Aquarian Age Complete Collection (Thinpak) - Mania.com



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Info:

  • Audio Rating: A
  • Video Rating: A
  • Packaging Rating: A
  • Menus Rating: C
  • Extras Rating: N/A
  • Age Rating: 13 & Up
  • Region: 1 - North America
  • Released By: ADV Films
  • MSRP: 39.98
  • Running time: 325
  • Aspect Ratio: 1.85:1 Widescreen Letterbox
  • Disc Resolution: 480i/p (mixed/unknown)
  • Disc Encoding: MPEG-2
  • Series: Aquarian Age

Aquarian Age Complete Collection (Thinpak)

By Tiffani Nadeau     February 03, 2006
Release Date: October 04, 2005



What They Say
For centuries, five supernatural factions have waged war for supremacy over mankind, with legend prophesying that one day the Aquarian Age will begin, and only one group will reign supreme! Now Kyouta's dreams of becoming a pop idol must take a backseat to his destiny when he and his girlfriend Yoriko unwillingly become embroiled in the conflict, as both may hold the power to turn the tides of war in favor of whichever faction can control them! Can love conquer all?

The Review!
Audio:
For my primary viewing sessions, I did listen to this show in its original language of Japanese. I did also listened to a few episodes in English in order to judge the English voice work. I found that the audio was done quite well with no distortions or crackles. The speech volumes and are ambient sounds and cues are perfectly matched, keeping you from wondering what was said. The English voice acting is right on the money in this series. The voicing is consistent and true to the original character types that the original Japanese audio has established.


Video:
The transfer for this collection is done in its original 4:3 format. The video is clear and there is very little or no color anomalies. The animation is quite smooth, and done in the modern style. With animation done by Madhouse, the designs really stand out.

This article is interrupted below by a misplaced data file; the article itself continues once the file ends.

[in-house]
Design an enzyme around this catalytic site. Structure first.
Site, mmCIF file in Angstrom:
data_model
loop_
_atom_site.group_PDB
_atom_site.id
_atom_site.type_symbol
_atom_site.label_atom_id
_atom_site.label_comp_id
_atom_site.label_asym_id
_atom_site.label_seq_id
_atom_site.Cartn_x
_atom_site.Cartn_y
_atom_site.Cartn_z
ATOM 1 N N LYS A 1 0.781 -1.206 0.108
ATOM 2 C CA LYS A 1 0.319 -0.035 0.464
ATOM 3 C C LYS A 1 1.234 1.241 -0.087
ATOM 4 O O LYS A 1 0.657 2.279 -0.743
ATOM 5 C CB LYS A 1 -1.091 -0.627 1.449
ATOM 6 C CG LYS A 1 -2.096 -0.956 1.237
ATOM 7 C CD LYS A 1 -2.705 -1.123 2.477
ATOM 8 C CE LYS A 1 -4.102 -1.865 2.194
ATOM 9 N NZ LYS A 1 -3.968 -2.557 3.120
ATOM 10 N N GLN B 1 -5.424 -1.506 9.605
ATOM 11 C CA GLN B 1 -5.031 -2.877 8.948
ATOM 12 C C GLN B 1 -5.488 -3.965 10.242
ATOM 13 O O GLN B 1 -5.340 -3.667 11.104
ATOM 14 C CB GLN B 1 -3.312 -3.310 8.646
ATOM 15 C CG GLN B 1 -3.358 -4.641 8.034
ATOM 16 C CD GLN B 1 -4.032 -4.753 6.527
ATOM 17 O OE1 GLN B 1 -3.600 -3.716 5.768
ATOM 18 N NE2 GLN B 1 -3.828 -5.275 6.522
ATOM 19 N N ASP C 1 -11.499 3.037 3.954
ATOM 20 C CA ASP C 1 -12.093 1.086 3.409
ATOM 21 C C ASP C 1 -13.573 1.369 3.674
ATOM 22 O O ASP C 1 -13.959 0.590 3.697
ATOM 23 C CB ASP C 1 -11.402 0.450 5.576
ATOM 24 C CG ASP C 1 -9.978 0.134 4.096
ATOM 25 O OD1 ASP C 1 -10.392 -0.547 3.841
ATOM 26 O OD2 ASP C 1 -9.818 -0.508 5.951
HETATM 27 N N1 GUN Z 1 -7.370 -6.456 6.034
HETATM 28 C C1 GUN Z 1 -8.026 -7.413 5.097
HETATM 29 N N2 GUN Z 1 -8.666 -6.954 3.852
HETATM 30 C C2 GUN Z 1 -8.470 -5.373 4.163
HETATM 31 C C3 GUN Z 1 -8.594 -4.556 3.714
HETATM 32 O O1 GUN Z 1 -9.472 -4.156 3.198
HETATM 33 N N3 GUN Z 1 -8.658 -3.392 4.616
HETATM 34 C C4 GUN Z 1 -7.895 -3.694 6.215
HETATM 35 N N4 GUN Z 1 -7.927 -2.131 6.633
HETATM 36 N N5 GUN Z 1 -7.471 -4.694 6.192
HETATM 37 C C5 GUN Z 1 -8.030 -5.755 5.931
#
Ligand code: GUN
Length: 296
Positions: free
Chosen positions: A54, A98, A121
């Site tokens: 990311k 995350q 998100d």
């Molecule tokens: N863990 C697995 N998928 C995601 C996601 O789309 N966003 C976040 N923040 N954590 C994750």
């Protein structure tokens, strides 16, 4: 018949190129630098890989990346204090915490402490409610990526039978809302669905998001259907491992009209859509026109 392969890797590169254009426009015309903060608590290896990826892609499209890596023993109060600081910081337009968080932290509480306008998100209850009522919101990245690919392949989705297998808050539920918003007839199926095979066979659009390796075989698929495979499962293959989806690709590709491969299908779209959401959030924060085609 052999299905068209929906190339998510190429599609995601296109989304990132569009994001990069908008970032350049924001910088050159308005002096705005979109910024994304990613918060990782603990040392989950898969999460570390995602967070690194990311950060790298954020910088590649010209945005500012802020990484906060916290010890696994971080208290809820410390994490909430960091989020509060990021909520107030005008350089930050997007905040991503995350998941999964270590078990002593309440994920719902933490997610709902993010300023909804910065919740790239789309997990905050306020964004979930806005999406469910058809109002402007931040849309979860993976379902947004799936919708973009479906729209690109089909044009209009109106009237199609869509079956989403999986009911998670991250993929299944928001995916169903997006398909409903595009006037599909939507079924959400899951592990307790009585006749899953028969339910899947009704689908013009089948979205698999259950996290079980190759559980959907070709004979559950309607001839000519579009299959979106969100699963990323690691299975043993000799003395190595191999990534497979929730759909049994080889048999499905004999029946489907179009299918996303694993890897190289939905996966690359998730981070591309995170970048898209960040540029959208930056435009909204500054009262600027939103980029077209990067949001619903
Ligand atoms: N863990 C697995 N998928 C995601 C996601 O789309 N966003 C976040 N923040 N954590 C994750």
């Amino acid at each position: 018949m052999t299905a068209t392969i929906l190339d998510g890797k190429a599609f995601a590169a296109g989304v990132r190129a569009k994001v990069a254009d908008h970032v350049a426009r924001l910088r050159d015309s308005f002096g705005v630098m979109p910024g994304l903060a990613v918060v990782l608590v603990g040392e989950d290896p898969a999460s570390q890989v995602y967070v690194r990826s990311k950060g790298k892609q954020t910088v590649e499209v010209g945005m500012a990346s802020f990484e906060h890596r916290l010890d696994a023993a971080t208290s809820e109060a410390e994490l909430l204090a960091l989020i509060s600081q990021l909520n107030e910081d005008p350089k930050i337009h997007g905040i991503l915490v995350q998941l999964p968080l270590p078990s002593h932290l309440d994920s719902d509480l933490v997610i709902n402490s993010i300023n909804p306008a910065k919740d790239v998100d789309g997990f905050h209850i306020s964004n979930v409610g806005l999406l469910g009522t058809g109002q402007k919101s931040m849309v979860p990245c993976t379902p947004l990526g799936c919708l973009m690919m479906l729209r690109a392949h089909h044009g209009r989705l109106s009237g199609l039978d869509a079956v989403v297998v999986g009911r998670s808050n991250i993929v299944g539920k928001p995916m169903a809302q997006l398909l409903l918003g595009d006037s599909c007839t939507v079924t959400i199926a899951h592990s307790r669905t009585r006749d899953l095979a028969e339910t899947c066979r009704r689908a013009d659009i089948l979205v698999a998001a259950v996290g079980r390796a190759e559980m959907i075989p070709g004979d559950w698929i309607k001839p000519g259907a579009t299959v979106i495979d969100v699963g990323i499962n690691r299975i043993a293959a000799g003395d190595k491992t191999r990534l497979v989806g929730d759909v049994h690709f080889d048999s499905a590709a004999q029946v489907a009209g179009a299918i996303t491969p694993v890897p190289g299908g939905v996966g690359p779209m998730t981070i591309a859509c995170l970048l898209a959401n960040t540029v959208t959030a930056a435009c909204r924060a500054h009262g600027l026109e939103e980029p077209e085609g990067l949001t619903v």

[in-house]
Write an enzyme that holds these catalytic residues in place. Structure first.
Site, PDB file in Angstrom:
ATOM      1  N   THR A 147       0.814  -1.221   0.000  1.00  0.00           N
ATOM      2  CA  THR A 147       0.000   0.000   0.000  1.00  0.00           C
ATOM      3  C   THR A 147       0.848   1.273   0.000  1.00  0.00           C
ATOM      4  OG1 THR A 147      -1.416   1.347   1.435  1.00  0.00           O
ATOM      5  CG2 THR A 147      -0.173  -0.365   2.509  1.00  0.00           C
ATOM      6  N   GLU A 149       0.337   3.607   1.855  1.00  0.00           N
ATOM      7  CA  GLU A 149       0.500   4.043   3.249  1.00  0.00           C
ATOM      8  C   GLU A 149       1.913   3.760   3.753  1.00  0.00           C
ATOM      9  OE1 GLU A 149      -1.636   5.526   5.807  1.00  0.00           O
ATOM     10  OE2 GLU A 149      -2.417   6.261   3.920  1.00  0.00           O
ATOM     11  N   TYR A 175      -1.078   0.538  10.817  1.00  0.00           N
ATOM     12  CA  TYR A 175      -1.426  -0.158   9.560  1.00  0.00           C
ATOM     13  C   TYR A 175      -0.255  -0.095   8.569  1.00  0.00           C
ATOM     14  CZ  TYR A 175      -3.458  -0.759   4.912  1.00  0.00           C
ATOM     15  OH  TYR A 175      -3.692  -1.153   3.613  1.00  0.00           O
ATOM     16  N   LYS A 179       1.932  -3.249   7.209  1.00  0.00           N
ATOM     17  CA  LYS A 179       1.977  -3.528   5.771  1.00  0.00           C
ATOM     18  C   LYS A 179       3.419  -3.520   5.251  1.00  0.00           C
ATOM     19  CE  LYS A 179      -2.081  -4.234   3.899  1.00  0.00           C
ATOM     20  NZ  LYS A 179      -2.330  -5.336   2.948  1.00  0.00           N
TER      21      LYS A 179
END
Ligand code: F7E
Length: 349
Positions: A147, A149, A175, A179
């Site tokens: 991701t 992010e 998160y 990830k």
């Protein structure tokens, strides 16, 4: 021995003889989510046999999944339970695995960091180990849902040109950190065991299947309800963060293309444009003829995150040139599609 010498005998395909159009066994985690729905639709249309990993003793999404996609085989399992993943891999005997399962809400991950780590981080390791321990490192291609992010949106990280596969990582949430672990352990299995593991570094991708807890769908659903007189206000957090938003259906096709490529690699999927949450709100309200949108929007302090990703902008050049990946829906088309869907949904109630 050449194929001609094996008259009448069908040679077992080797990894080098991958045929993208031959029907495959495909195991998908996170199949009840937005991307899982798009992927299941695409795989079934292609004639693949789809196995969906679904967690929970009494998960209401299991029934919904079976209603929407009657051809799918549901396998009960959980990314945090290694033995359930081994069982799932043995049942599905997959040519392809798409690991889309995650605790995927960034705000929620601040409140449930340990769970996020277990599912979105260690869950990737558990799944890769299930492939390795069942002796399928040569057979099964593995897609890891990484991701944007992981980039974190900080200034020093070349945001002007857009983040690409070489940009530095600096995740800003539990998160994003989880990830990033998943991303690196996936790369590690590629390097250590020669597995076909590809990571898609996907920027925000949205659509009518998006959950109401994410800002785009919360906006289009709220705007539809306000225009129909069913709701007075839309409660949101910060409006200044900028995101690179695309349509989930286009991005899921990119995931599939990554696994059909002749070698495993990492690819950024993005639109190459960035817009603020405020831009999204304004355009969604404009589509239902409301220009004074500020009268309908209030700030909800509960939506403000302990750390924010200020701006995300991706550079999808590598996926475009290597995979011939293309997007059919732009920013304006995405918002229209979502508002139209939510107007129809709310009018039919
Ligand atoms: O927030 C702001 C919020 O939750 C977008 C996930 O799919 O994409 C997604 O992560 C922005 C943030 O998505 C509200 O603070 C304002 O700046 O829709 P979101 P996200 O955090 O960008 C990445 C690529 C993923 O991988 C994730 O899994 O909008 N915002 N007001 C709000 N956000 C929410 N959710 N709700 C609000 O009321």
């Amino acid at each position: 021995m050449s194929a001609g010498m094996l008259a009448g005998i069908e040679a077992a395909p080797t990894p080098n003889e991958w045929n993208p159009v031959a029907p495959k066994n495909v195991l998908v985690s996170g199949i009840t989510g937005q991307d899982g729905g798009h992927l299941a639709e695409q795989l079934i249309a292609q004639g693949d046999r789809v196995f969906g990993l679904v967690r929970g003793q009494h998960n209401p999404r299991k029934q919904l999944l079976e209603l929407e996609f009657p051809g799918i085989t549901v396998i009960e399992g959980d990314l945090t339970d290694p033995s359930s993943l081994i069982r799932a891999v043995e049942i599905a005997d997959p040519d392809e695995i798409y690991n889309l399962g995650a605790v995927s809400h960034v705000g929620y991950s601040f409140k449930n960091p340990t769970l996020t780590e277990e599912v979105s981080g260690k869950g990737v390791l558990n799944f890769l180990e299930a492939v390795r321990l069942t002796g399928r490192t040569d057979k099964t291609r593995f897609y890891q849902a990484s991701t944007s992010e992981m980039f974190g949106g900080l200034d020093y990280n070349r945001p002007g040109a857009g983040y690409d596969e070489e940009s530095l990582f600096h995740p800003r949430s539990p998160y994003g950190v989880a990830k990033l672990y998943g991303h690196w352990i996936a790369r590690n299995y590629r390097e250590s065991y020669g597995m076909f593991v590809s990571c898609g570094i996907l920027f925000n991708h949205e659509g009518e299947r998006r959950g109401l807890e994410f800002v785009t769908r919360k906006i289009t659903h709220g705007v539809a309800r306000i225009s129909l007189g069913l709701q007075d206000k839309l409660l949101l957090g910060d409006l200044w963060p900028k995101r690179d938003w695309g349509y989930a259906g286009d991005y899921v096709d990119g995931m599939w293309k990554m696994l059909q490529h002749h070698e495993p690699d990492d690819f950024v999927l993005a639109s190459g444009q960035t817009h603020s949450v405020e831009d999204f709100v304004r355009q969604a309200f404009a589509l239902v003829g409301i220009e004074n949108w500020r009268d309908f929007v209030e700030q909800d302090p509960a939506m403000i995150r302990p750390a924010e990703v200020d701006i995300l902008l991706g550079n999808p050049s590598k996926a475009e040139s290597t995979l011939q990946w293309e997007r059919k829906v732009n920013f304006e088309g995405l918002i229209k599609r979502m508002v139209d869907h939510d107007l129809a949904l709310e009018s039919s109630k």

Packaging:
This series is packaged in the Thinpak cases, giving it a slim and compact feel. The box itself is nice and sturdy, with a black background and cover art featuring the characters and factions they represent, with the many faction symbols across the bottom of the box. The spine is a basic black with the enlarged title across it and a side picture of one of the main characters. The ThinPak cases inside contain the same cover-art style as the outer box, with portraits of the various factions and characters from the series.

Menu:
The menu layout could be a little more impressive. I was quite disappointed with the extremely minimalistic look of each menu. Then again, with no special features and only the scene access and language setup, how much embellishment can you really expect?

Extras:
The bad news is this collection did not avoid the “extra-less thinpaks” initiative at ADV. It has no extras, and this also leaves the menus quite lacking and very plain.


Content: (please note that content portions of a review may contain spoilers)
Kyouta a harmonica playing musician along with his two best friends and bands mates Shingo the hippy guitarists and Junichi the nerdy keyboardist are ready for their big break. At a New year’s show they finally get their wish when a top agent for the Cosmopop Agency scouts them. Now all he has to do is convince his childhood friend and main love interest Yoriko that this is a good thing. And as if all that excitement wasn’t enough Kyouta suddenly begins to have visions of lovely ladies battling each other in mid-air, but he soon comes to realize that not only are the girls really battling it out over Tokyo, they seem to be battling over him.